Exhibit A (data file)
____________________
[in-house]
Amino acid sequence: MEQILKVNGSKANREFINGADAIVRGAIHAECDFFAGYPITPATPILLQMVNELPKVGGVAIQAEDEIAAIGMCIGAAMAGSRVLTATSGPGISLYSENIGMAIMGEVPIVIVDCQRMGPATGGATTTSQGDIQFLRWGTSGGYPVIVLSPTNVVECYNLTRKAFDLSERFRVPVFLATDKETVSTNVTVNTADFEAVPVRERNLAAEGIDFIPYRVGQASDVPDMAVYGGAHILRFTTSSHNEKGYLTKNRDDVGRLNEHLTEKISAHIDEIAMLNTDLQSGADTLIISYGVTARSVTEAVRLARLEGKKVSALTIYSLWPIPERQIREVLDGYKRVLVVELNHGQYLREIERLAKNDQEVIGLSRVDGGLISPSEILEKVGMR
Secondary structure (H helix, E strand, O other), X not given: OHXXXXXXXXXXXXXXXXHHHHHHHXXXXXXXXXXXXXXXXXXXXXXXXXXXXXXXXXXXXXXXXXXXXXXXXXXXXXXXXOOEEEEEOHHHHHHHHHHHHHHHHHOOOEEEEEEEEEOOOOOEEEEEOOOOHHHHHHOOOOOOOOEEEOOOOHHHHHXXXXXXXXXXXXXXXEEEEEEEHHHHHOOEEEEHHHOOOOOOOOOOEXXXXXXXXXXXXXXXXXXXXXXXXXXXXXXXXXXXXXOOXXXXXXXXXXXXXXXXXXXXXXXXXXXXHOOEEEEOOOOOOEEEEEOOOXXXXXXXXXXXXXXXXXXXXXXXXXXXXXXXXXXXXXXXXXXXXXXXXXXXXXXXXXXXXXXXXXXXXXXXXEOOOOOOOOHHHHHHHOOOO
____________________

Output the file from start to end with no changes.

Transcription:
[in-house]
Amino acid sequence: MEQILKVNGSKANREFINGADAIVRGAIHAECDFFAGYPITPATPILLQMVNELPKVGGVAIQAEDEIAAIGMCIGAAMAGSRVLTATSGPGISLYSENIGMAIMGEVPIVIVDCQRMGPATGGATTTSQGDIQFLRWGTSGGYPVIVLSPTNVVECYNLTRKAFDLSERFRVPVFLATDKETVSTNVTVNTADFEAVPVRERNLAAEGIDFIPYRVGQASDVPDMAVYGGAHILRFTTSSHNEKGYLTKNRDDVGRLNEHLTEKISAHIDEIAMLNTDLQSGADTLIISYGVTARSVTEAVRLARLEGKKVSALTIYSLWPIPERQIREVLDGYKRVLVVELNHGQYLREIERLAKNDQEVIGLSRVDGGLISPSEILEKVGMR
Secondary structure (H helix, E strand, O other), X not given: OHXXXXXXXXXXXXXXXXHHHHHHHXXXXXXXXXXXXXXXXXXXXXXXXXXXXXXXXXXXXXXXXXXXXXXXXXXXXXXXXOOEEEEEOHHHHHHHHHHHHHHHHHOOOEEEEEEEEEOOOOOEEEEEOOOOHHHHHHOOOOOOOOEEEOOOOHHHHHXXXXXXXXXXXXXXXEEEEEEEHHHHHOOEEEEHHHOOOOOOOOOOEXXXXXXXXXXXXXXXXXXXXXXXXXXXXXXXXXXXXXOOXXXXXXXXXXXXXXXXXXXXXXXXXXXXHOOEEEEOOOOOOEEEEEOOOXXXXXXXXXXXXXXXXXXXXXXXXXXXXXXXXXXXXXXXXXXXXXXXXXXXXXXXXXXXXXXXXXXXXXXXXEOOOOOOOOHHHHHHHOOOO